Find one here for US$10,500.

This is a 3.0-liter, 189 horsepower version, and while not as pretty as some of the 2.5-liter cars advertised, the extra grunt will look great from behind the fat steering wheel. In the States, the Recaro sport seats are usually trashed. These velour-covered chairs are gorgeous and should keep you in place pretty well. The ad says the car is well-maintained and the tires have some meat left, but the real question is the timing belt. If it breaks, not only do valves meet pistons in this engine but every other Alfa Romeo motor in a 500-mile radius. Rust is the other main concern, as the track officials would be rather upset if your car broke in half through the Karussell.

Mercedes-Benz 190e 2.3-16 / 2.5-16
The arch-enemy to the E30 M3, these Benzos were a force in the German touring car wars. Not quite as butch as the M3, this four-door saloon nevertheless mixed it up on racetracks all over the world. A free-flowing Cosworth cylinder head lived on top of the Mercedes block and the rest of the car was fortified appropriately – glued-down suspension, sports seats with aggressive bolster for all four passengers, and a row-your-own close-ratio dog-leg 5-speed (an autotragic was optional, but we won’t discuss that). The body kit was more subtle than the M3’s, giving it an anonymous presence as it blew passed you in the left lane or on the outside of the Flugplatz.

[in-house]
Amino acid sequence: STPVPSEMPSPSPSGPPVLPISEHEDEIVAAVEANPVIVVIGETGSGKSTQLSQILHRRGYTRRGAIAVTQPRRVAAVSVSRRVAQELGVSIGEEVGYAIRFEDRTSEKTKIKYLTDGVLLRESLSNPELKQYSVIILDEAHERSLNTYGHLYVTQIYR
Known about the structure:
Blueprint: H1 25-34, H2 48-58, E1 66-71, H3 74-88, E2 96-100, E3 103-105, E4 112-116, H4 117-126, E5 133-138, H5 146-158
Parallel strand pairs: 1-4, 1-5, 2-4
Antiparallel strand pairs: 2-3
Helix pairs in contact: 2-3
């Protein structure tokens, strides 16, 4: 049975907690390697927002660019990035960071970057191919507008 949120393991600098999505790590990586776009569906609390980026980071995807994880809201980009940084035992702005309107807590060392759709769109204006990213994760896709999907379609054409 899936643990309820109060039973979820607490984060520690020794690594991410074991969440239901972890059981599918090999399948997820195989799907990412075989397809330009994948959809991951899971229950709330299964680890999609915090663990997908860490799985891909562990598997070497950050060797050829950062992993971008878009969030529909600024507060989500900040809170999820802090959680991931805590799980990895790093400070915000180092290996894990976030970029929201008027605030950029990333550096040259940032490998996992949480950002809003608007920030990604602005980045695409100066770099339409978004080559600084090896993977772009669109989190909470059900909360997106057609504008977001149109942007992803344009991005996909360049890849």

Find one here for US$13,200.

The ad is pretty typical of what we’d find in a US Craigslist posting – the seller lists the standard features with little about on this actual example. But whatever. The car shows as a nice Evolution 2.5-liter, again in classic silver on black, with 224 horsepower and a 5-speed. While I prefer non-smoked lights on a light-colored car, this car has just such a Euro look to it. The rims on it are optional for added cost, but I’d say leave them on there since they look fantastic. The aftermarket Momo steering wheel is a matter of opinion, but for my lunch money I’d rather have the original. Aside from that, the car absolutely looks the business, and with no indicated backlog of repairs needed, not to mention Mercedes legendary build quality, you should be able to get lots of laps in without too much worry.

So there you have it. Stick it to the rental agencies and their worldwide databases. Simply buy a Rennwagen for the street and have at it. You’ll have a lot more fun, especially if you were previously driving a 525d Touring.


4 thoughts on “Buying vs. Renting at the Nürburgring Leave a comment

  1. The rental companies don’t need spies, most rental cars have GPS tracking devices that flag them if you take their car somewhere verboten. Most German rentals restrict you from driving in Eastern European countries, so they’ll nail you for that too.

    • Interestingly, I met a fellow at the ‘ring who used to get paid 105 euro per car spotted at the track. Could probably make a decent living doing that. I suspect you’re right these days, though..